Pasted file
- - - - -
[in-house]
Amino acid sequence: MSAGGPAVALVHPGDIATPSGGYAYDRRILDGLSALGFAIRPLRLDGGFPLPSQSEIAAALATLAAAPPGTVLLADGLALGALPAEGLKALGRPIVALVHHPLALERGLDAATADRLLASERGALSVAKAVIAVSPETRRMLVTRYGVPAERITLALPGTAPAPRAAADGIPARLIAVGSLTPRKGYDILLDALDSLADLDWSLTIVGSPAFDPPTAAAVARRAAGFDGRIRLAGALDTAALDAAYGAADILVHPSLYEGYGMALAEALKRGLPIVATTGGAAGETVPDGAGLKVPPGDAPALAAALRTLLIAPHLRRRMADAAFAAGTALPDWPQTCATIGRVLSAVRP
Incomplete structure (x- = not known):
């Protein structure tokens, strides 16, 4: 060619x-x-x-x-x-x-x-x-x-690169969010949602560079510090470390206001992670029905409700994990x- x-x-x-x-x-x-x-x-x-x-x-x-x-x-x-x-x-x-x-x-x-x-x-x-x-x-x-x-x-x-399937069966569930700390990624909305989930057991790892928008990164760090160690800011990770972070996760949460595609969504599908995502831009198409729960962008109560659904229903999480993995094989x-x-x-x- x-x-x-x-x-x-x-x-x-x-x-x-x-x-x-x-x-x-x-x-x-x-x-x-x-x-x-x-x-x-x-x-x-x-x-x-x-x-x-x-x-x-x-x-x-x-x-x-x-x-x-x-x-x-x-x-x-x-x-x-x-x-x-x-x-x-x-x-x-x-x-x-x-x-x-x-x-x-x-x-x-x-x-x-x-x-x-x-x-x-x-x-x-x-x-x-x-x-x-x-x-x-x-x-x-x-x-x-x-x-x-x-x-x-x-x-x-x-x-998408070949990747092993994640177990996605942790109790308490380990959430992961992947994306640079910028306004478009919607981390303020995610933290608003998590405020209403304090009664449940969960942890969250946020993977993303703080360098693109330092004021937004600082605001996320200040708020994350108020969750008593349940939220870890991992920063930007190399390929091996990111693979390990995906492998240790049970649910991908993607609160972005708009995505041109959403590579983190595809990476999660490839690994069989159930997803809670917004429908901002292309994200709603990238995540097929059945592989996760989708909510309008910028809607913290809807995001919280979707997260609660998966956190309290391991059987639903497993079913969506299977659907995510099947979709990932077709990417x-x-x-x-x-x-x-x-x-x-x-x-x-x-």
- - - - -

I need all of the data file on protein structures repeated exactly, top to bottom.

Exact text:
[in-house]
Amino acid sequence: MSAGGPAVALVHPGDIATPSGGYAYDRRILDGLSALGFAIRPLRLDGGFPLPSQSEIAAALATLAAAPPGTVLLADGLALGALPAEGLKALGRPIVALVHHPLALERGLDAATADRLLASERGALSVAKAVIAVSPETRRMLVTRYGVPAERITLALPGTAPAPRAAADGIPARLIAVGSLTPRKGYDILLDALDSLADLDWSLTIVGSPAFDPPTAAAVARRAAGFDGRIRLAGALDTAALDAAYGAADILVHPSLYEGYGMALAEALKRGLPIVATTGGAAGETVPDGAGLKVPPGDAPALAAALRTLLIAPHLRRRMADAAFAAGTALPDWPQTCATIGRVLSAVRP
Incomplete structure (x- = not known):
């Protein structure tokens, strides 16, 4: 060619x-x-x-x-x-x-x-x-x-690169969010949602560079510090470390206001992670029905409700994990x- x-x-x-x-x-x-x-x-x-x-x-x-x-x-x-x-x-x-x-x-x-x-x-x-x-x-x-x-x-x-399937069966569930700390990624909305989930057991790892928008990164760090160690800011990770972070996760949460595609969504599908995502831009198409729960962008109560659904229903999480993995094989x-x-x-x- x-x-x-x-x-x-x-x-x-x-x-x-x-x-x-x-x-x-x-x-x-x-x-x-x-x-x-x-x-x-x-x-x-x-x-x-x-x-x-x-x-x-x-x-x-x-x-x-x-x-x-x-x-x-x-x-x-x-x-x-x-x-x-x-x-x-x-x-x-x-x-x-x-x-x-x-x-x-x-x-x-x-x-x-x-x-x-x-x-x-x-x-x-x-x-x-x-x-x-x-x-x-x-x-x-x-x-x-x-x-x-x-x-x-x-x-x-x-x-998408070949990747092993994640177990996605942790109790308490380990959430992961992947994306640079910028306004478009919607981390303020995610933290608003998590405020209403304090009664449940969960942890969250946020993977993303703080360098693109330092004021937004600082605001996320200040708020994350108020969750008593349940939220870890991992920063930007190399390929091996990111693979390990995906492998240790049970649910991908993607609160972005708009995505041109959403590579983190595809990476999660490839690994069989159930997803809670917004429908901002292309994200709603990238995540097929059945592989996760989708909510309008910028809607913290809807995001919280979707997260609660998966956190309290391991059987639903497993079913969506299977659907995510099947979709990932077709990417x-x-x-x-x-x-x-x-x-x-x-x-x-x-």